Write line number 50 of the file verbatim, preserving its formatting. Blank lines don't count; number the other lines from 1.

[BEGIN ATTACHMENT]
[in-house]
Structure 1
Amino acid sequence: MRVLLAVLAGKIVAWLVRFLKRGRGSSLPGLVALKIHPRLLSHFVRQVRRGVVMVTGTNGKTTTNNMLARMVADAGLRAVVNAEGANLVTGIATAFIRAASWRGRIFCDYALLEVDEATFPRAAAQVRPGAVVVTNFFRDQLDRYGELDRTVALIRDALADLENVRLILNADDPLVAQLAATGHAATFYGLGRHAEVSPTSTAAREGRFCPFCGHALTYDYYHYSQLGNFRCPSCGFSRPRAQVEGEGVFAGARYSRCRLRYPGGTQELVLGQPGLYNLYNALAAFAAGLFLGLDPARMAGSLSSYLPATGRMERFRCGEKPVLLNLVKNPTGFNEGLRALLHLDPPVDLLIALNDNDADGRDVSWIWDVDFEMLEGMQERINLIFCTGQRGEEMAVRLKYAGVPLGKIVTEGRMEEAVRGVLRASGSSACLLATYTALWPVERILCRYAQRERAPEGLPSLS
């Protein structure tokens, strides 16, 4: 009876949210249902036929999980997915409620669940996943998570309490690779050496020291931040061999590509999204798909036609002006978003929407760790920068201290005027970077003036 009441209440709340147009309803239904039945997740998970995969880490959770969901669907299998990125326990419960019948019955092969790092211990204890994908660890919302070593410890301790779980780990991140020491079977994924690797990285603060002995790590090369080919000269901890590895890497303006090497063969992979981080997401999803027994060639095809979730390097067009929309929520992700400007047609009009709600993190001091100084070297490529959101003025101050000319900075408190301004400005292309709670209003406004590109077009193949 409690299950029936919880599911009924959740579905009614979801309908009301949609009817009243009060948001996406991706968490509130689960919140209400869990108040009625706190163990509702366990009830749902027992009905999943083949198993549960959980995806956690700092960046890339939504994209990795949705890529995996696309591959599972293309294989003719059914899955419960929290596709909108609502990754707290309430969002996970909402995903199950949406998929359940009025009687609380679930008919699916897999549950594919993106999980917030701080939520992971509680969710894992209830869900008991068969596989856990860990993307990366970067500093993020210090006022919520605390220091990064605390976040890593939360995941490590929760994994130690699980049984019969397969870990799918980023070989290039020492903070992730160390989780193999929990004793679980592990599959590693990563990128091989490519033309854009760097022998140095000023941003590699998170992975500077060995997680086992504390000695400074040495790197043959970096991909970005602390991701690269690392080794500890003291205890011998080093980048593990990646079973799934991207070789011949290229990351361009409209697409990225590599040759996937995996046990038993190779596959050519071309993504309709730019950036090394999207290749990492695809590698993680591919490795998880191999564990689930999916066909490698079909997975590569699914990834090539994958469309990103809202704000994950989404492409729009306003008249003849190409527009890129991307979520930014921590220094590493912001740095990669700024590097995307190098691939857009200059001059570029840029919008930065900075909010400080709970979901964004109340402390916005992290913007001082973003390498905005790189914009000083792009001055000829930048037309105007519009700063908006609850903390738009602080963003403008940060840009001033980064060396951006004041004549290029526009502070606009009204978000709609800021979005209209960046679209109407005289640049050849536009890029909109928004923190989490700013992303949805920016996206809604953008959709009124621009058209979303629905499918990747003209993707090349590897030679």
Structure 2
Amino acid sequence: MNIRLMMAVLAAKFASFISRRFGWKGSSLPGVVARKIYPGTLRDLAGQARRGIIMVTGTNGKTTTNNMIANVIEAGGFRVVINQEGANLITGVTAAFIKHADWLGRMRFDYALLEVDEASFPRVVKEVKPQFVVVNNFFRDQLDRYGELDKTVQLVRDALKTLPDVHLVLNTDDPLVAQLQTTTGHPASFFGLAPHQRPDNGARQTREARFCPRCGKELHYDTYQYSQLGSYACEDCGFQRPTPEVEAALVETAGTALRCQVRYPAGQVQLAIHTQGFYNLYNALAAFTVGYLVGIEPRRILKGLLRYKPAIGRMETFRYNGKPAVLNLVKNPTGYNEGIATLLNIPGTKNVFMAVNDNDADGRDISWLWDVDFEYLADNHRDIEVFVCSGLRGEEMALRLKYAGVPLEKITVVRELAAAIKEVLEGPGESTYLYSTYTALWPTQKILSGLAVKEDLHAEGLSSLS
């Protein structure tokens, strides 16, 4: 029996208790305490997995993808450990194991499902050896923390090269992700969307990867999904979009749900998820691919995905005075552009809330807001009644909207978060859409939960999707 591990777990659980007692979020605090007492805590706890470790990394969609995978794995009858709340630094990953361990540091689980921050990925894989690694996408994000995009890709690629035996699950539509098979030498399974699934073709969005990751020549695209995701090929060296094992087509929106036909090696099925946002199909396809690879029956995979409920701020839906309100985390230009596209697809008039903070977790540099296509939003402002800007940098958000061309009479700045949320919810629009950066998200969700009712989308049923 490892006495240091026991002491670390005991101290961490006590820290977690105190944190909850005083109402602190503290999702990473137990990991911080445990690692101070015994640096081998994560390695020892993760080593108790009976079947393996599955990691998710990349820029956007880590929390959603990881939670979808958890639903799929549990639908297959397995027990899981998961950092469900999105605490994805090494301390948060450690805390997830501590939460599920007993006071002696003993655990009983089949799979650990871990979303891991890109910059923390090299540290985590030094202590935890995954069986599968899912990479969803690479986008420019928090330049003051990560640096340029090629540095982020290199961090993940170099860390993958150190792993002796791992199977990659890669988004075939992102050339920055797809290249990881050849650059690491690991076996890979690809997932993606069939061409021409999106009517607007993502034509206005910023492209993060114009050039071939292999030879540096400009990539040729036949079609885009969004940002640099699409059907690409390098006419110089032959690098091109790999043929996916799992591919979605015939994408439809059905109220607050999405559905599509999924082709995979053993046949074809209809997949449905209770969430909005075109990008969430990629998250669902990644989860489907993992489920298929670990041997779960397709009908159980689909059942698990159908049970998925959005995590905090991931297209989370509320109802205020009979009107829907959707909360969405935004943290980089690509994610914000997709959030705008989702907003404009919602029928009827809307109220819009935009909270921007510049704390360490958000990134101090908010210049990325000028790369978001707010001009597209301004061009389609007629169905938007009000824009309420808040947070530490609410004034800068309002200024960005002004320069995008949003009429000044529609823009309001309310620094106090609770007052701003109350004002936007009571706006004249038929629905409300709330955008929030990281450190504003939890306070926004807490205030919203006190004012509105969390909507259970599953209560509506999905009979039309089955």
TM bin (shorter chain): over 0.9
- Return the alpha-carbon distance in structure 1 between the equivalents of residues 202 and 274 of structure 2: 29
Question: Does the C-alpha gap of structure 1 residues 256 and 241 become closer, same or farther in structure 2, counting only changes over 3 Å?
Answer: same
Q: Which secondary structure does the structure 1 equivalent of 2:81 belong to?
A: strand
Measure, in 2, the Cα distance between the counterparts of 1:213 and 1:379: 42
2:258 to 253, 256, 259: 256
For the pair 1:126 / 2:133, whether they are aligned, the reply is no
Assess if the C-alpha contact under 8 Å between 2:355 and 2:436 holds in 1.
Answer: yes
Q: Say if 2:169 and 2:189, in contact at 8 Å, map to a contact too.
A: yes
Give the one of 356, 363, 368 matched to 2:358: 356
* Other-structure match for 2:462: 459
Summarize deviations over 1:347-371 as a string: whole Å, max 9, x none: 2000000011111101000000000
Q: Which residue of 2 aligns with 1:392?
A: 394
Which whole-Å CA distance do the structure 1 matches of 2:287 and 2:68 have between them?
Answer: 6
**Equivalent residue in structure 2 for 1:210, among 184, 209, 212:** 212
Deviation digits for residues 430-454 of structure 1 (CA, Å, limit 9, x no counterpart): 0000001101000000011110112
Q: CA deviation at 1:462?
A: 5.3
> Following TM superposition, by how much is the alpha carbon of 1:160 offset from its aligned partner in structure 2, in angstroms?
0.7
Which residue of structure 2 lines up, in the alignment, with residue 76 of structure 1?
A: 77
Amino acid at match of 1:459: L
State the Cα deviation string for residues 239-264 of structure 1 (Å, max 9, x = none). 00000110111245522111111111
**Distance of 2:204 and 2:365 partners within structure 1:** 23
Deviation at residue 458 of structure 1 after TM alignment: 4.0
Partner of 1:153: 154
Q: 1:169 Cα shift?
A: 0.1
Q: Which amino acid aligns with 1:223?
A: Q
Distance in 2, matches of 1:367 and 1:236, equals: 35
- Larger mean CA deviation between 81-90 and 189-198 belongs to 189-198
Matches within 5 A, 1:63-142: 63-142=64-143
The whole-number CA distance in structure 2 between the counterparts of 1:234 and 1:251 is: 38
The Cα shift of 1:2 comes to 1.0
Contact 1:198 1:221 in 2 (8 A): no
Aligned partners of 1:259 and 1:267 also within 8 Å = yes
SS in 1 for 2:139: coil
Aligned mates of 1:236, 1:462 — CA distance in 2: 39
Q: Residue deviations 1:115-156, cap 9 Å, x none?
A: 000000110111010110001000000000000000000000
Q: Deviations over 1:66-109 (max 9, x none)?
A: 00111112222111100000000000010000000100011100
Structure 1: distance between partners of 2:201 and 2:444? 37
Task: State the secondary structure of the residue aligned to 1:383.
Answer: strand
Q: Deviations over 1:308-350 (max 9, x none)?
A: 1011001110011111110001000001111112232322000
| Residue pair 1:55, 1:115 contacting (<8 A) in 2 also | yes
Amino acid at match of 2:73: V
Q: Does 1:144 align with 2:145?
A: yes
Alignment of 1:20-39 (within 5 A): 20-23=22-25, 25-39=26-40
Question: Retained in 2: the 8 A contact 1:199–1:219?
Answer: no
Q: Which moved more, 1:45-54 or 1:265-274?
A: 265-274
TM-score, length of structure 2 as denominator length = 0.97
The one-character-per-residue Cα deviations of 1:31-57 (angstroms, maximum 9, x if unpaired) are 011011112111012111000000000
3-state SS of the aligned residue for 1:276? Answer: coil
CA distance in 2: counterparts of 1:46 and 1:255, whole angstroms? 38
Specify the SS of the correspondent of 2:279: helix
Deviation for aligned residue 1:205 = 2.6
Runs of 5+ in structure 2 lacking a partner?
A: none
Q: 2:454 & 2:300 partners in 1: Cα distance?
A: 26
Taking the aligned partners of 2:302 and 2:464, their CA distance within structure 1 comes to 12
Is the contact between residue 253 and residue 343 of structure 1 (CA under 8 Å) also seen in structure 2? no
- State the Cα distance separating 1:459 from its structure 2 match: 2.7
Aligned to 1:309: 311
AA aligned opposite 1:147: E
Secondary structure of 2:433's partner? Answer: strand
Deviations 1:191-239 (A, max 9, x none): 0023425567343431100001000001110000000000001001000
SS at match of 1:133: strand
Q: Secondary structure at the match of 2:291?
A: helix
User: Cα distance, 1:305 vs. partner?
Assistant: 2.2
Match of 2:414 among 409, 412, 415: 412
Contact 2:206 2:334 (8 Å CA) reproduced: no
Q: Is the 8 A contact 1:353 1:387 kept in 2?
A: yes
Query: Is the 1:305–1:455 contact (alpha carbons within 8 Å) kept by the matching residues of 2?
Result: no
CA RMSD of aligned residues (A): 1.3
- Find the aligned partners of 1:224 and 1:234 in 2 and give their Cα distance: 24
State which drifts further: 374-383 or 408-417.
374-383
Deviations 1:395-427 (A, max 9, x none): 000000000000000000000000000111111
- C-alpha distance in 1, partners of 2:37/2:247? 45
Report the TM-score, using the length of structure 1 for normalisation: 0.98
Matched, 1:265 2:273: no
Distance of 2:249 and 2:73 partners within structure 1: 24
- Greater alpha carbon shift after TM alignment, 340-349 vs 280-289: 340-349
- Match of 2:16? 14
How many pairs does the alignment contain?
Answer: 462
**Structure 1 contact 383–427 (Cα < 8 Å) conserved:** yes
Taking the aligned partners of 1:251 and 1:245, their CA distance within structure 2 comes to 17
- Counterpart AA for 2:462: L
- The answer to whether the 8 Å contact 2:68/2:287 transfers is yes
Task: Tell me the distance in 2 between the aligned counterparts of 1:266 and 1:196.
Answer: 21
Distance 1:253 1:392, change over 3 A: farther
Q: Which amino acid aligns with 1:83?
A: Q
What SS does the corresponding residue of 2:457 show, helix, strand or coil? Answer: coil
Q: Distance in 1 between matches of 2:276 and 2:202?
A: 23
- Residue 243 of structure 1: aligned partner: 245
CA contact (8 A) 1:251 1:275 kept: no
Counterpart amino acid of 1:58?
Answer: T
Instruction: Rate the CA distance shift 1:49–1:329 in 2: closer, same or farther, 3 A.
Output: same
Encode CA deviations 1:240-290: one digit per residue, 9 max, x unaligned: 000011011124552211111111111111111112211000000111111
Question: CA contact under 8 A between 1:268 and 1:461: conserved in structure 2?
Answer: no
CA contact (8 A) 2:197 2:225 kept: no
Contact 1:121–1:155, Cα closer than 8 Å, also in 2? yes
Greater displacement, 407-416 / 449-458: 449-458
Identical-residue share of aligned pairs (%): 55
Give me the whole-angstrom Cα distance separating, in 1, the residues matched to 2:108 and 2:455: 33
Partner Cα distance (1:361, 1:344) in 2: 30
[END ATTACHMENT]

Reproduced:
Contact 1:198 1:221 in 2 (8 A): no